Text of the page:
Differences in the relative abundance of bacteria in the respiratory tract samples between the tuberculosis treatment sensitive group (DS0) and the tuberculosis treatment resistant group (DR0), the relative abundance of Streptococcus of DS0 was higher than DR0, P < 0.05

Discussion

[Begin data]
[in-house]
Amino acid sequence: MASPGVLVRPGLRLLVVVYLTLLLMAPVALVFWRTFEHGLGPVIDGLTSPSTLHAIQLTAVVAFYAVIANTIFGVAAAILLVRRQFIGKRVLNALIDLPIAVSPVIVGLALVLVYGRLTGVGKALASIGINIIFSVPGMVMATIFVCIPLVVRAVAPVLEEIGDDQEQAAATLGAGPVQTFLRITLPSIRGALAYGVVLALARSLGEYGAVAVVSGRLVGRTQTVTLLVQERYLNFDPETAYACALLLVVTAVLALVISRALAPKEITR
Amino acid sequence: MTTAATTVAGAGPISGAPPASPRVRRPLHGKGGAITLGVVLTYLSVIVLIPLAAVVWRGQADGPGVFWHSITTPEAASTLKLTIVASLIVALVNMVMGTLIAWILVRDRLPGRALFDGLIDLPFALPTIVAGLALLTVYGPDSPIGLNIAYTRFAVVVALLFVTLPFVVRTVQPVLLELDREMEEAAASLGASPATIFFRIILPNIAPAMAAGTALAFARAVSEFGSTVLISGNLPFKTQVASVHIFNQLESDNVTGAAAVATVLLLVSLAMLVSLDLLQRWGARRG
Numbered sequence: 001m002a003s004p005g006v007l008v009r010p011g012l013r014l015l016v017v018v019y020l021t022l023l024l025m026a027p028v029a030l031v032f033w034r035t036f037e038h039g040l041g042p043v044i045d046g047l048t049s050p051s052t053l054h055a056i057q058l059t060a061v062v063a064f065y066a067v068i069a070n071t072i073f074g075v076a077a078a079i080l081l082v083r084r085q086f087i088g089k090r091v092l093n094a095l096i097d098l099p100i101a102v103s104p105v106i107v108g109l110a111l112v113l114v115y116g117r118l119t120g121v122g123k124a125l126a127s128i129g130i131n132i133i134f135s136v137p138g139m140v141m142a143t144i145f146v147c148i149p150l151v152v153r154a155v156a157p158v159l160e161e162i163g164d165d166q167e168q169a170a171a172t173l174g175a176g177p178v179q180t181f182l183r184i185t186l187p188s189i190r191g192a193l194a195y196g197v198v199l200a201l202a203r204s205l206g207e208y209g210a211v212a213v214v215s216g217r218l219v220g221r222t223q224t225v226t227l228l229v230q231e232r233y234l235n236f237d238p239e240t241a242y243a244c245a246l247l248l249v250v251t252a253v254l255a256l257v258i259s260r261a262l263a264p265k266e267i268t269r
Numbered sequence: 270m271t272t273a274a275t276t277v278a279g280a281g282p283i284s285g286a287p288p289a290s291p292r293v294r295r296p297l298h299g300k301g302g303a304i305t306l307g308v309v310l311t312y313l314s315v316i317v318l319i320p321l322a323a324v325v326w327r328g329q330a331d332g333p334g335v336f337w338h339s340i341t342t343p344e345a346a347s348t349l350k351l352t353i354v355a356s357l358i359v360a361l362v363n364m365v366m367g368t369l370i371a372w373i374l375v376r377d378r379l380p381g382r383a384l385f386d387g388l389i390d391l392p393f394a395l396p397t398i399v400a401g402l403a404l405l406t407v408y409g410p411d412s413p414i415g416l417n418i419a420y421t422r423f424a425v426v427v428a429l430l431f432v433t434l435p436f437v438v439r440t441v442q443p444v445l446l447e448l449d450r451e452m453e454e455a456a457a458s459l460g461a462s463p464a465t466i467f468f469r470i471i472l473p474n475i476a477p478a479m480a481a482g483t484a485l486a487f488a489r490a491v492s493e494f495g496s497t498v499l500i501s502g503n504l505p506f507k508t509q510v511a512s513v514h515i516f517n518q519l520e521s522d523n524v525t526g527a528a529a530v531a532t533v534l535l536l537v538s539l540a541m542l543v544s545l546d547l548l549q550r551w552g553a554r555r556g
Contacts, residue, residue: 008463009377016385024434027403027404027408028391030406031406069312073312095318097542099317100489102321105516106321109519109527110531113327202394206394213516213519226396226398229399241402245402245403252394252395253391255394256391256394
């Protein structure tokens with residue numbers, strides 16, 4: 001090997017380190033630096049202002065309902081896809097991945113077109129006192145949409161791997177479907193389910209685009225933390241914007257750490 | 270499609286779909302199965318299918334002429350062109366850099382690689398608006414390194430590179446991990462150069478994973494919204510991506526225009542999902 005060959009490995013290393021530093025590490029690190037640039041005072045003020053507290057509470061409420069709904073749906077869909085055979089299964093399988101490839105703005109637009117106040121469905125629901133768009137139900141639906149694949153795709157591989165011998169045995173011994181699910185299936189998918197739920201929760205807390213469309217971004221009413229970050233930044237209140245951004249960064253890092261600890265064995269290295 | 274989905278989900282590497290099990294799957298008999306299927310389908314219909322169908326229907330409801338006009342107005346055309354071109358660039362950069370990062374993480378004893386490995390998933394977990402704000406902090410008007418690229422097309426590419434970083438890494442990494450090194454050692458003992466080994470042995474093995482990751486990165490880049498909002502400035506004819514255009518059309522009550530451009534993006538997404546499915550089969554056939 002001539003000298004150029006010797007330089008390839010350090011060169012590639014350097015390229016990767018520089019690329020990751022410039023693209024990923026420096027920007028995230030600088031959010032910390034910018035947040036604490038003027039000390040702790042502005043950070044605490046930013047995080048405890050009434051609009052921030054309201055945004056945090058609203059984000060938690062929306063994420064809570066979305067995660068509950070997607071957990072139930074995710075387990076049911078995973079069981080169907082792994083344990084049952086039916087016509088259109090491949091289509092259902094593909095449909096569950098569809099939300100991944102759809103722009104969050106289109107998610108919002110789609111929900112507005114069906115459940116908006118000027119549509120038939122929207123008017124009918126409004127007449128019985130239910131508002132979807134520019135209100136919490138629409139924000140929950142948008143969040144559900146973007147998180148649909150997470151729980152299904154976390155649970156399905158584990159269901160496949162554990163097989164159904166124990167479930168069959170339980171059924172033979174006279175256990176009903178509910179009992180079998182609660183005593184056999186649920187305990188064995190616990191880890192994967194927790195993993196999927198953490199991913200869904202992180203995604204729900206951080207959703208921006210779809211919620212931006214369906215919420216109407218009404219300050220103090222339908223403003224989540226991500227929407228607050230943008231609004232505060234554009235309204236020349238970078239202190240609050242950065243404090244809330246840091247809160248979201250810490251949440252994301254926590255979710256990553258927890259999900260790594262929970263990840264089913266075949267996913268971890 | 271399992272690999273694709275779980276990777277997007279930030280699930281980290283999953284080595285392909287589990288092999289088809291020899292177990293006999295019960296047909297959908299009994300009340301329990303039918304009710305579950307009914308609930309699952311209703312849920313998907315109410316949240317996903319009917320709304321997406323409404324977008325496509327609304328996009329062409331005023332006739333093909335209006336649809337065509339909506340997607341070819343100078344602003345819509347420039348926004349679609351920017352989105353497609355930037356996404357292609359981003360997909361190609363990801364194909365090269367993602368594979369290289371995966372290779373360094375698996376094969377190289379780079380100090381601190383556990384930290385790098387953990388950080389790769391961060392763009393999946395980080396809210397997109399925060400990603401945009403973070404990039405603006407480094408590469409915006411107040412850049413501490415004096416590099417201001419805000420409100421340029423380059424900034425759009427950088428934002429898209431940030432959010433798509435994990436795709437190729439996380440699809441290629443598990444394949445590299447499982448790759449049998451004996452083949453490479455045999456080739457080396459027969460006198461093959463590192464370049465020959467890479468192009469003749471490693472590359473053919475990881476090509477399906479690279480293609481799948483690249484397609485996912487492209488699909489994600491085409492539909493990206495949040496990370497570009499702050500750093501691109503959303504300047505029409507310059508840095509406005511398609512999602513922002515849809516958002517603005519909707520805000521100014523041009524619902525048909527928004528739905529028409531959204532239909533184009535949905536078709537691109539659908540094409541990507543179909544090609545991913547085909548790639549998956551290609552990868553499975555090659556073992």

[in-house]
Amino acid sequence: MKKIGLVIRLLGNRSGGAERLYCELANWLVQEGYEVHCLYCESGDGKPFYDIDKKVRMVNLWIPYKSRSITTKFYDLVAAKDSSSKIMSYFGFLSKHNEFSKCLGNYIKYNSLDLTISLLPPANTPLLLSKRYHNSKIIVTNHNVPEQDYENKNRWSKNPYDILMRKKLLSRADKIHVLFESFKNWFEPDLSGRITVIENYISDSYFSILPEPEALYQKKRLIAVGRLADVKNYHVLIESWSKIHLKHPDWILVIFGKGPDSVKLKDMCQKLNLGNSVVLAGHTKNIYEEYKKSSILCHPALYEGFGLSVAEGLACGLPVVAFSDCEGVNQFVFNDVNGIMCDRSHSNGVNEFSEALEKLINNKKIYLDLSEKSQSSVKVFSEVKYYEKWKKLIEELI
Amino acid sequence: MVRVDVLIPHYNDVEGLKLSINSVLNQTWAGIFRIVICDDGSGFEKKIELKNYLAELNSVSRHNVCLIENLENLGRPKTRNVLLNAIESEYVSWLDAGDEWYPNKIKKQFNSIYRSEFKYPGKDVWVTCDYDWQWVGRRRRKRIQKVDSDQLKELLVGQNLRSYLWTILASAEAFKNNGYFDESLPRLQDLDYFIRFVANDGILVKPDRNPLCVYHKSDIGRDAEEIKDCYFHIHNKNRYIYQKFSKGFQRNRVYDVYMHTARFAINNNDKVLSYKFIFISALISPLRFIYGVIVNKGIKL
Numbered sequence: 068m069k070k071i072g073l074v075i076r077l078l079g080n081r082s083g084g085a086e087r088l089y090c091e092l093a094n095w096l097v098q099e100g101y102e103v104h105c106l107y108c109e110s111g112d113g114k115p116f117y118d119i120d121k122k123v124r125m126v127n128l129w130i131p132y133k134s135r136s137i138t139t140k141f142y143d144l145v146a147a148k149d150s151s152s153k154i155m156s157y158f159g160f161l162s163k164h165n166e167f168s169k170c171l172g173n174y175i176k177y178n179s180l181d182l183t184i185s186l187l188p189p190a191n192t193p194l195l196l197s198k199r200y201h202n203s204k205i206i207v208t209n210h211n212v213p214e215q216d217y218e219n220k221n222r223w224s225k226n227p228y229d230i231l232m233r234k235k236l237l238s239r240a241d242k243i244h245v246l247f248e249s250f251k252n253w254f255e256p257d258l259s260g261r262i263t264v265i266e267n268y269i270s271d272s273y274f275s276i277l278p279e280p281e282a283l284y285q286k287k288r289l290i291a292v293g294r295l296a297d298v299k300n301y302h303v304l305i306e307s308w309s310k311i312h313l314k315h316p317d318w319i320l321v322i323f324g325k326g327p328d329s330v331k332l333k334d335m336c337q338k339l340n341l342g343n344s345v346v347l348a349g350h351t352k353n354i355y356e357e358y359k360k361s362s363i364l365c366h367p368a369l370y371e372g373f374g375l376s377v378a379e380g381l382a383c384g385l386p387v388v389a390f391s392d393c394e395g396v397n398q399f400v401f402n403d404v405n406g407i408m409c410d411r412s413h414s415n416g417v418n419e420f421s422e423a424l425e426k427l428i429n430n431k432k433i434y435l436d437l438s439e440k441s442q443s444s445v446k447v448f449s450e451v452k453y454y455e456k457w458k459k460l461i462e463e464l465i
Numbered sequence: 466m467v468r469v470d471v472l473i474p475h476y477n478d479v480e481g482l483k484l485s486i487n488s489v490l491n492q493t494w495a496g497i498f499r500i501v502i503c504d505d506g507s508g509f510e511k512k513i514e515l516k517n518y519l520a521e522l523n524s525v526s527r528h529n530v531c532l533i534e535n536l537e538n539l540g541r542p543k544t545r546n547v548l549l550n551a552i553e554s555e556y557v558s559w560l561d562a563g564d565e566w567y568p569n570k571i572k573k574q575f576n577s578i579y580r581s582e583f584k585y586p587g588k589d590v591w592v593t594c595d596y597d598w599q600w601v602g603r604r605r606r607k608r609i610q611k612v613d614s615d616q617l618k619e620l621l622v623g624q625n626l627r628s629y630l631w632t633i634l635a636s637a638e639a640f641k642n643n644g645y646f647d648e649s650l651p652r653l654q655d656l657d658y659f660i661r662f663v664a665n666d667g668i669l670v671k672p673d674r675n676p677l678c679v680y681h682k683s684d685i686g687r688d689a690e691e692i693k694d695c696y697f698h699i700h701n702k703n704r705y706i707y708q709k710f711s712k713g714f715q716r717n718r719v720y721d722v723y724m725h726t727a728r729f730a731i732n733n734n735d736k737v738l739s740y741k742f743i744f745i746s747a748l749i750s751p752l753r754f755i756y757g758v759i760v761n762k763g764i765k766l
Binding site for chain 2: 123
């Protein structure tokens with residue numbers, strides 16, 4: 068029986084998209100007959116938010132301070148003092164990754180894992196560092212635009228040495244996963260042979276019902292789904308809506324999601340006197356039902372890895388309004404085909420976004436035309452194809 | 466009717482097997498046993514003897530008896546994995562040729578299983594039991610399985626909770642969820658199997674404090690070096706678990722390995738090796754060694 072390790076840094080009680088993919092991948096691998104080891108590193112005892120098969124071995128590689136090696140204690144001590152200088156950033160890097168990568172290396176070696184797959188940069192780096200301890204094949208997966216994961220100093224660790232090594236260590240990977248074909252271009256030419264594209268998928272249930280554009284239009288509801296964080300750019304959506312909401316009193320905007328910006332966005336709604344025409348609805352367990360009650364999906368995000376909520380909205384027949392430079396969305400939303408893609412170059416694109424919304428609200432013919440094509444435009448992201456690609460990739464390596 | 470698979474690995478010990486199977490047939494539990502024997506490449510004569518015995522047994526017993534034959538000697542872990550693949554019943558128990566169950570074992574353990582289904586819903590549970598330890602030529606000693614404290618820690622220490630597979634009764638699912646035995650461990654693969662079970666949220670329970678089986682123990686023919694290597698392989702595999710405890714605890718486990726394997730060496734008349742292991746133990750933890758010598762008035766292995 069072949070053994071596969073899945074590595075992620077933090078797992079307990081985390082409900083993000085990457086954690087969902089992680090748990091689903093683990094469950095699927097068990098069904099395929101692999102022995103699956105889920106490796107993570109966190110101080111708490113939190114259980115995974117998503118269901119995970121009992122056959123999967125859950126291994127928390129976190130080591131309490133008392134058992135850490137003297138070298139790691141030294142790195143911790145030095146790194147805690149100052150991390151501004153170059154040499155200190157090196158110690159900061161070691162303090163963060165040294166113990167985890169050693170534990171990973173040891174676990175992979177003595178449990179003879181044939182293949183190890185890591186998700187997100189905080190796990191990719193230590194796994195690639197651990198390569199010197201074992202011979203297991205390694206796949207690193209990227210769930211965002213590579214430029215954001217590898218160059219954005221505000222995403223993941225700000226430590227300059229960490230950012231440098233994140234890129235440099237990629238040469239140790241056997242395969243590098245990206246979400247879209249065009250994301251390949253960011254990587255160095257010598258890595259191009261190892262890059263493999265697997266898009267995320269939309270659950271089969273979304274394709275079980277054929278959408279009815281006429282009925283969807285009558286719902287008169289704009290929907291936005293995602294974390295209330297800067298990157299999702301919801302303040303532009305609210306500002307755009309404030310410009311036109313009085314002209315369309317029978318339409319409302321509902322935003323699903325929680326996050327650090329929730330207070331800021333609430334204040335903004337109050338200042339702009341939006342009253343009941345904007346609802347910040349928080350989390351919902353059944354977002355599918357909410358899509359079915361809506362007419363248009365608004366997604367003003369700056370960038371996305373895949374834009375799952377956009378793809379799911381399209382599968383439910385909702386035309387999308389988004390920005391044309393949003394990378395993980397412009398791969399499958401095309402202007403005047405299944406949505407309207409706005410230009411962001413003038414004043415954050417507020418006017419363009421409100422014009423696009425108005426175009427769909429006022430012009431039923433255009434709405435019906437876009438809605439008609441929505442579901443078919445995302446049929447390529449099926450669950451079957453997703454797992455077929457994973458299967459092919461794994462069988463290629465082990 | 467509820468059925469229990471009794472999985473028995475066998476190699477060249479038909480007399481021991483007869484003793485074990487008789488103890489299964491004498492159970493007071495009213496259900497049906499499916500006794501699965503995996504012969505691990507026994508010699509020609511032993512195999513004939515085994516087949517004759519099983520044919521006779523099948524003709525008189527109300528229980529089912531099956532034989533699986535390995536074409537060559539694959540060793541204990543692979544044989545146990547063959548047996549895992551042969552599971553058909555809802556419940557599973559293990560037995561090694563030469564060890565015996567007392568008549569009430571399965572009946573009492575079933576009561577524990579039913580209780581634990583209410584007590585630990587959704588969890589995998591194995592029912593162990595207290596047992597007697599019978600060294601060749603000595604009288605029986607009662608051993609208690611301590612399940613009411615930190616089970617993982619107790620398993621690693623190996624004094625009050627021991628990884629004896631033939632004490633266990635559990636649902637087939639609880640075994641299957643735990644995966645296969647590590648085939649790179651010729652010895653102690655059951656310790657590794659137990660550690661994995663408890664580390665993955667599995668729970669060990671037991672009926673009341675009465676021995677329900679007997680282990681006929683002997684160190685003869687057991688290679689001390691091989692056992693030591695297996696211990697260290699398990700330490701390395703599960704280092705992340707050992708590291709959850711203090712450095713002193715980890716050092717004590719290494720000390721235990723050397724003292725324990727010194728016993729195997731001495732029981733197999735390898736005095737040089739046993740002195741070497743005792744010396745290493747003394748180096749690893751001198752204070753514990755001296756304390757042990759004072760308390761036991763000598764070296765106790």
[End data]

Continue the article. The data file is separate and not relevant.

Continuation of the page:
After 16 S rRNA sequencing data analysis, the respiratory secretions of 30 tuberculosis patients and 30 healthy medical staffs were clustered into 600 OTU, including five major bacterial phyla: Proteus, Firmicutes, Fusobacterium, Actinomycetes and Bacteroidetes, and 15 major bacterial genera (Fig. 5), which was similar to most reports [17,18,19]. There were 168 unique OTU in the TB group and 70 unique OTU in the H group, indicating that there were more exotic species in the TB group, which was similar to that reported by Zelin Cui [19]. PcoA principal coordinate analysis showed that there was clustering difference between TB and H groups, which was shown in both Alpha diversity and Beta diversity. The data showed that the intra - individual diversity of PTB respiratory microbial flora samples decreased, but the inter - individual diversity increased.